Nottingham girl in bone marrow donor search

Lilya Jones Image copyright Anthony Nolan
Image caption Lilya Coleman Jones was diagnosed with an aggressive form of blood cancer in November

A 12-year-old girl in need of a lifesaving stem cell transplant is calling for more people to become bone marrow donors to save others like her.

Lilya Coleman Jones was diagnosed with acute lymphoblastic leukaemia - a rare and aggressive form of blood cancer - in November.

She said she believed the campaign was "not going to help me", but hoped to help others who need a transplant.

Events are being held across Nottingham to sign up potential donors.

Lilya, who is a pupil at Wollaton's Fernwood School, is undergoing chemotherapy and waiting for a bone marrow donation.

The "Find a match for Lilya" campaign was set up with the charity Anthony Nolan after her family were ruled out as potential donors.

Lilya, who lives in Nottingham, said: "While there is a very slim chance that this might help me, it might help somebody else.

"It's really raising my spirits."

Her mother Helen Jones said it was "astonishing" what Lilya was doing.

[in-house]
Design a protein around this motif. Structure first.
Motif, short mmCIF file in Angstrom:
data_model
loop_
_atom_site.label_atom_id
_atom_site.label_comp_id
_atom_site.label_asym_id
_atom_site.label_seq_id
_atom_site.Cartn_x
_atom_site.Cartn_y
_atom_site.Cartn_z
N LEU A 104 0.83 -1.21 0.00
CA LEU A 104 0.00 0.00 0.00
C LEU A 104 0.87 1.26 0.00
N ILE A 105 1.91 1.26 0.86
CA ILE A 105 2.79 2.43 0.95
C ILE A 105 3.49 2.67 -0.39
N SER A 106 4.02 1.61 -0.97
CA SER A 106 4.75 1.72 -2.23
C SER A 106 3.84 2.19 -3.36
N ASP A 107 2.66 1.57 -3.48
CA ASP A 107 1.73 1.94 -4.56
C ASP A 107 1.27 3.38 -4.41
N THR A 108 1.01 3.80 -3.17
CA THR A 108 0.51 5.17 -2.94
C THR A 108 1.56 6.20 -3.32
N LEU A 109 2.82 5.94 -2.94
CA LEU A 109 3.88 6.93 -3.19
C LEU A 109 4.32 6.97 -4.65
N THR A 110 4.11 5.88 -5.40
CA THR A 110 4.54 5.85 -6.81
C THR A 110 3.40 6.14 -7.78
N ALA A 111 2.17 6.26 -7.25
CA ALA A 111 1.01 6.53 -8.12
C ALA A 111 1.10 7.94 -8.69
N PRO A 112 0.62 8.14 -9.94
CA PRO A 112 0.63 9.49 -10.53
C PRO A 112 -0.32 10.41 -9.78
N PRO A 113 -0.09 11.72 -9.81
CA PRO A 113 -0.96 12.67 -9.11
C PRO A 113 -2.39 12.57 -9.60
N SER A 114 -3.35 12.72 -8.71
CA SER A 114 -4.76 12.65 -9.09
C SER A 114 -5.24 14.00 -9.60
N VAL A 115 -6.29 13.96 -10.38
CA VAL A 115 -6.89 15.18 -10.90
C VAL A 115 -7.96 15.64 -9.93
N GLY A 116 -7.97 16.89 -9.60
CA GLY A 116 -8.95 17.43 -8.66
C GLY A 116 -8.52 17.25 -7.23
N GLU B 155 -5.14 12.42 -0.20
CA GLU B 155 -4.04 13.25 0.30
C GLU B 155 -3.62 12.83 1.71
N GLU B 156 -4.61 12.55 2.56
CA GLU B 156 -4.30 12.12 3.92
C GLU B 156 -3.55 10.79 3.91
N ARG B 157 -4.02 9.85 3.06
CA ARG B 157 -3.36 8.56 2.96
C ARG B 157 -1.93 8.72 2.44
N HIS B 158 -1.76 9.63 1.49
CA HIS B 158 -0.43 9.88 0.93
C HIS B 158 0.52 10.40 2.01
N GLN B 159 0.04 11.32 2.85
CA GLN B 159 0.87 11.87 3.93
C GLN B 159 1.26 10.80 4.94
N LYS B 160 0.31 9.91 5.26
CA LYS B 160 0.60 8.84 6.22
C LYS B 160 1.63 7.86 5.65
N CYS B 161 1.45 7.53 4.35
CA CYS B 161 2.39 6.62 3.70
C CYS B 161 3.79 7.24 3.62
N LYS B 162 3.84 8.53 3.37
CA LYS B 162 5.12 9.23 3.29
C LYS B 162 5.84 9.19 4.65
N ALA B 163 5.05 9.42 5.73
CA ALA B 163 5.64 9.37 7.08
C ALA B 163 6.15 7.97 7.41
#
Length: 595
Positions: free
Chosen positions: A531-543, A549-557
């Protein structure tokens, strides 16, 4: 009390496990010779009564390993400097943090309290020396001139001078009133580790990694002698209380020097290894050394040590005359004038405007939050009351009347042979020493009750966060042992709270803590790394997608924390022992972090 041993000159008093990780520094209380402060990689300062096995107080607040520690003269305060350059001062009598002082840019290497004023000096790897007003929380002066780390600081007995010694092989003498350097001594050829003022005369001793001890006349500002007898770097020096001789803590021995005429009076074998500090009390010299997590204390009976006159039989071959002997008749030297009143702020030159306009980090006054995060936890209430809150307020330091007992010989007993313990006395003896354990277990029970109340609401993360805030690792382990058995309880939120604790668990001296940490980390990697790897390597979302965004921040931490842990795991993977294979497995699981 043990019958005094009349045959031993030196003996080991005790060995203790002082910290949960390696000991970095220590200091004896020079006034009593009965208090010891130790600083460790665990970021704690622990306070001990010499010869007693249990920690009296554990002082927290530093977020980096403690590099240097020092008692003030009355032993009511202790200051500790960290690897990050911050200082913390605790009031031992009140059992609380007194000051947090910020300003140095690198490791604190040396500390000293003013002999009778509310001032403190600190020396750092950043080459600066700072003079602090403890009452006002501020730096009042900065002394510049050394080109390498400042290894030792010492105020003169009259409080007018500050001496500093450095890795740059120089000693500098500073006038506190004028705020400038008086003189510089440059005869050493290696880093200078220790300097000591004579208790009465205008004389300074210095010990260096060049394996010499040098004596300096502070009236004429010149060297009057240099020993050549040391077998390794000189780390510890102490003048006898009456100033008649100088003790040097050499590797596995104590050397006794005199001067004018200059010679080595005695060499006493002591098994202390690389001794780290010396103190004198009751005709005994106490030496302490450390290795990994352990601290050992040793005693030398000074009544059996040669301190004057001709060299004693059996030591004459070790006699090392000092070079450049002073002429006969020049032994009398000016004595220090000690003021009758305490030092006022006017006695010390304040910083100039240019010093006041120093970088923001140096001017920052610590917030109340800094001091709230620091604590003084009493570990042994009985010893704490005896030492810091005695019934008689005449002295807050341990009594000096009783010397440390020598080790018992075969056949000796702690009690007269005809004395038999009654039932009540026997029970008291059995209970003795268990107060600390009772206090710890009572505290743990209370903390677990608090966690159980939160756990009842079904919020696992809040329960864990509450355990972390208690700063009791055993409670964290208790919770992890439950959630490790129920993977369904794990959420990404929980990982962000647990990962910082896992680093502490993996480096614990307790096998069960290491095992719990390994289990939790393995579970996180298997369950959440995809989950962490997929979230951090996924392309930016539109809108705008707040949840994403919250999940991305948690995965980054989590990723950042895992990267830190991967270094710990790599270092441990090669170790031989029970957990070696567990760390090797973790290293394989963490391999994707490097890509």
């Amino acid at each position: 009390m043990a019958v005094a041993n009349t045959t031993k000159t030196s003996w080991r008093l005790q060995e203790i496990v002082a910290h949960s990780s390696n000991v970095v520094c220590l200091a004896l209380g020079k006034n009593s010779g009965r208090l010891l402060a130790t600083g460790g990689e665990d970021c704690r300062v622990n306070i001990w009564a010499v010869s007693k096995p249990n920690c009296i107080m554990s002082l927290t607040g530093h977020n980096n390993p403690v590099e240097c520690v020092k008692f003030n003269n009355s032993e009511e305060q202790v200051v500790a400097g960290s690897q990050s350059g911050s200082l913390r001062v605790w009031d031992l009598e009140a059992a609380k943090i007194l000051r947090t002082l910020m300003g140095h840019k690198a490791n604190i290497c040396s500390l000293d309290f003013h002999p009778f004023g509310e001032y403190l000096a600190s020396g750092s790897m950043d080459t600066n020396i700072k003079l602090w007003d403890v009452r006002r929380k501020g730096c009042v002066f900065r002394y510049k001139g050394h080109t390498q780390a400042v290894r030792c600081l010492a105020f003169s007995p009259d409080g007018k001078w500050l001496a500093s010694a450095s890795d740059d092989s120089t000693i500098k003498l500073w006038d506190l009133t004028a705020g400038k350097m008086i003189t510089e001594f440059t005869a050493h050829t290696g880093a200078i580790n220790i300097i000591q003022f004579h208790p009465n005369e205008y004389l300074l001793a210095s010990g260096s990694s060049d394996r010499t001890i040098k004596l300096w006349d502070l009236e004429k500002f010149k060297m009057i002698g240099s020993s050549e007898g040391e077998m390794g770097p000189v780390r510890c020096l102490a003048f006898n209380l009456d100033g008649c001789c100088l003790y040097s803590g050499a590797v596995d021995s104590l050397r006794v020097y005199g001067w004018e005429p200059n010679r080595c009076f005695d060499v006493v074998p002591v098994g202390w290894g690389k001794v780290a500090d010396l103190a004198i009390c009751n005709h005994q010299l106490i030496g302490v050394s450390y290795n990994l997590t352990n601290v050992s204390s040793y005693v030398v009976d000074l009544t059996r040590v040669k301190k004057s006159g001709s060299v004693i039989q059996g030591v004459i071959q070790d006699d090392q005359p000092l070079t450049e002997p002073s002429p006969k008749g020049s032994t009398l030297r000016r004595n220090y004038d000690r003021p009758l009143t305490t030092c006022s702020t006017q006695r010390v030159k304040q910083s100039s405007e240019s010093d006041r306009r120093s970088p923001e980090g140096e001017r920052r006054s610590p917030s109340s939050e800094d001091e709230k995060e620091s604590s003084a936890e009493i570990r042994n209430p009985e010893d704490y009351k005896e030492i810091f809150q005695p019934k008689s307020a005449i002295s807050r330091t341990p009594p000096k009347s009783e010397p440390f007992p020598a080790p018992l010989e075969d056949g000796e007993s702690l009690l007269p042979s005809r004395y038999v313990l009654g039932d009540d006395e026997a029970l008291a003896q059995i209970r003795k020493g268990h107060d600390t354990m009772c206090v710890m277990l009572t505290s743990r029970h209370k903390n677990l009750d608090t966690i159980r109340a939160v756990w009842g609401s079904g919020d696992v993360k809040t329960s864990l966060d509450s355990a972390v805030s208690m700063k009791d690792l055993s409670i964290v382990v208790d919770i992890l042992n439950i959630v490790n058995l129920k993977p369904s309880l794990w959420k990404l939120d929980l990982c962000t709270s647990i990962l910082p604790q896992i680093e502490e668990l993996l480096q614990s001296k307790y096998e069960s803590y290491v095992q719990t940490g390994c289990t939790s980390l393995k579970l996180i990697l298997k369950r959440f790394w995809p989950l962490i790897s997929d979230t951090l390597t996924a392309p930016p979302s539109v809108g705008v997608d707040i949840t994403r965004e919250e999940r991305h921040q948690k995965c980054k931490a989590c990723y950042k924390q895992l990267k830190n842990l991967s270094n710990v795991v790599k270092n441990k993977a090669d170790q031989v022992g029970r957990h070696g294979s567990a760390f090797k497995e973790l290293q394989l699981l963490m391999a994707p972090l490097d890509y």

"Given everything she's gone through, I'm just so proud," she said.

Image copyright SPL
Image caption Acute lymphoblastic leukaemia is a rare and aggressive form of blood cancer

Events are being held between Wednesday and Saturday including at the Council House, University of Nottingham and Nottingham Trent University.

Lilya's father Martin Coleman said he "felt the bottom of the world had dropped out from under me" when they found out she had cancer.

'I've felt it all, from being dizzy with the surge of emotions, suddenly nothing else mattered," he said.

Henny Braund, from Anthony Nolan, said each day five leukaemia patients were searching for a match from a stranger.

She said: "We're particularly calling on young men aged 16-30 to consider joining the register as they provide 50% of all stem cell donations but make up just 18% of our register."

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